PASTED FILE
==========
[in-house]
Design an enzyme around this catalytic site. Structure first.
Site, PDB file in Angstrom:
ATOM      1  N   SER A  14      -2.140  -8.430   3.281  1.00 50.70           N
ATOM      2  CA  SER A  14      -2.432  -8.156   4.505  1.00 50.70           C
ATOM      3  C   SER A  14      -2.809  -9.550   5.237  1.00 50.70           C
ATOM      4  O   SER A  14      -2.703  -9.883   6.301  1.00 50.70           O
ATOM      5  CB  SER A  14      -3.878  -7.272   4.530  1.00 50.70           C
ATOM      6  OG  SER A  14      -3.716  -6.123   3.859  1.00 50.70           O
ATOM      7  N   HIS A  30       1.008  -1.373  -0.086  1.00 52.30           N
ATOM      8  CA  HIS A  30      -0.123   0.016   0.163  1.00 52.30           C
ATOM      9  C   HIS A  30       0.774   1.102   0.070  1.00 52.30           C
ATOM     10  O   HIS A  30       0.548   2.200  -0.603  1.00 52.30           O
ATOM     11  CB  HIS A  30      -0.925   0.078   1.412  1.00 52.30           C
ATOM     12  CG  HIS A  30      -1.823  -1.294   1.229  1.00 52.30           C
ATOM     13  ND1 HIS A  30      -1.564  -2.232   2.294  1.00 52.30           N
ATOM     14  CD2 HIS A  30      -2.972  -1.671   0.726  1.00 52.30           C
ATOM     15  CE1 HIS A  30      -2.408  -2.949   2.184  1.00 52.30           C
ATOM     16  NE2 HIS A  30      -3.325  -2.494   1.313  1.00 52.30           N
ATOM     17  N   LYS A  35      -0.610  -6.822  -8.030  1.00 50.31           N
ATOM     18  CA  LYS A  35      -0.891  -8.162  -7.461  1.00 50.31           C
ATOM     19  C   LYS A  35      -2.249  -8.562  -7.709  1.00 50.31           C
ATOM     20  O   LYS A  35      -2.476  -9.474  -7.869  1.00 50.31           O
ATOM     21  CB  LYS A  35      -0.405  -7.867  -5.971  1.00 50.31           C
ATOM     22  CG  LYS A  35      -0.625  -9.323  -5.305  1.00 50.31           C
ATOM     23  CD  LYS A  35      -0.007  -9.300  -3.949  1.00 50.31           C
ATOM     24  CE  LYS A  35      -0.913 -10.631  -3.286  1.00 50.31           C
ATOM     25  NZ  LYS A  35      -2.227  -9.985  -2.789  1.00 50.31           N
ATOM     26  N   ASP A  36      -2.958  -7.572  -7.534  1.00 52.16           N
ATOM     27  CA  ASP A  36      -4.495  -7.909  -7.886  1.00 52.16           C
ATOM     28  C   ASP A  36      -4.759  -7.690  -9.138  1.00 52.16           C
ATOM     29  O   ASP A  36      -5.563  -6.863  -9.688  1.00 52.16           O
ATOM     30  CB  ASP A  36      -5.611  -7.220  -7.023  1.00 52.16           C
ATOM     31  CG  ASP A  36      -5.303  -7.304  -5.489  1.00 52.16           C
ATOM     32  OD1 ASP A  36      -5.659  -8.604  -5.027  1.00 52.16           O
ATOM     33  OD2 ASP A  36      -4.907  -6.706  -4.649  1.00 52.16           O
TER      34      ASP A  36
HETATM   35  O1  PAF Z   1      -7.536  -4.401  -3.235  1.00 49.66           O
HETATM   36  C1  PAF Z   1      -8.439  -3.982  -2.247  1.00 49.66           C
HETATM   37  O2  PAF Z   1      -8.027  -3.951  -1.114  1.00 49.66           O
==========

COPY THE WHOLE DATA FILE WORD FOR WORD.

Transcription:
[in-house]
Design an enzyme around this catalytic site. Structure first.
Site, PDB file in Angstrom:
ATOM      1  N   SER A  14      -2.140  -8.430   3.281  1.00 50.70           N
ATOM      2  CA  SER A  14      -2.432  -8.156   4.505  1.00 50.70           C
ATOM      3  C   SER A  14      -2.809  -9.550   5.237  1.00 50.70           C
ATOM      4  O   SER A  14      -2.703  -9.883   6.301  1.00 50.70           O
ATOM      5  CB  SER A  14      -3.878  -7.272   4.530  1.00 50.70           C
ATOM      6  OG  SER A  14      -3.716  -6.123   3.859  1.00 50.70           O
ATOM      7  N   HIS A  30       1.008  -1.373  -0.086  1.00 52.30           N
ATOM      8  CA  HIS A  30      -0.123   0.016   0.163  1.00 52.30           C
ATOM      9  C   HIS A  30       0.774   1.102   0.070  1.00 52.30           C
ATOM     10  O   HIS A  30       0.548   2.200  -0.603  1.00 52.30           O
ATOM     11  CB  HIS A  30      -0.925   0.078   1.412  1.00 52.30           C
ATOM     12  CG  HIS A  30      -1.823  -1.294   1.229  1.00 52.30           C
ATOM     13  ND1 HIS A  30      -1.564  -2.232   2.294  1.00 52.30           N
ATOM     14  CD2 HIS A  30      -2.972  -1.671   0.726  1.00 52.30           C
ATOM     15  CE1 HIS A  30      -2.408  -2.949   2.184  1.00 52.30           C
ATOM     16  NE2 HIS A  30      -3.325  -2.494   1.313  1.00 52.30           N
ATOM     17  N   LYS A  35      -0.610  -6.822  -8.030  1.00 50.31           N
ATOM     18  CA  LYS A  35      -0.891  -8.162  -7.461  1.00 50.31           C
ATOM     19  C   LYS A  35      -2.249  -8.562  -7.709  1.00 50.31           C
ATOM     20  O   LYS A  35      -2.476  -9.474  -7.869  1.00 50.31           O
ATOM     21  CB  LYS A  35      -0.405  -7.867  -5.971  1.00 50.31           C
ATOM     22  CG  LYS A  35      -0.625  -9.323  -5.305  1.00 50.31           C
ATOM     23  CD  LYS A  35      -0.007  -9.300  -3.949  1.00 50.31           C
ATOM     24  CE  LYS A  35      -0.913 -10.631  -3.286  1.00 50.31           C
ATOM     25  NZ  LYS A  35      -2.227  -9.985  -2.789  1.00 50.31           N
ATOM     26  N   ASP A  36      -2.958  -7.572  -7.534  1.00 52.16           N
ATOM     27  CA  ASP A  36      -4.495  -7.909  -7.886  1.00 52.16           C
ATOM     28  C   ASP A  36      -4.759  -7.690  -9.138  1.00 52.16           C
ATOM     29  O   ASP A  36      -5.563  -6.863  -9.688  1.00 52.16           O
ATOM     30  CB  ASP A  36      -5.611  -7.220  -7.023  1.00 52.16           C
ATOM     31  CG  ASP A  36      -5.303  -7.304  -5.489  1.00 52.16           C
ATOM     32  OD1 ASP A  36      -5.659  -8.604  -5.027  1.00 52.16           O
ATOM     33  OD2 ASP A  36      -4.907  -6.706  -4.649  1.00 52.16           O
TER      34      ASP A  36
HETATM   35  O1  PAF Z   1      -7.536  -4.401  -3.235  1.00 49.66           O
HETATM   36  C1  PAF Z   1      -8.439  -3.982  -2.247  1.00 49.66           C
HETATM   37  O2  PAF Z   1      -8.027  -3.951  -1.114  1.00 49.66           O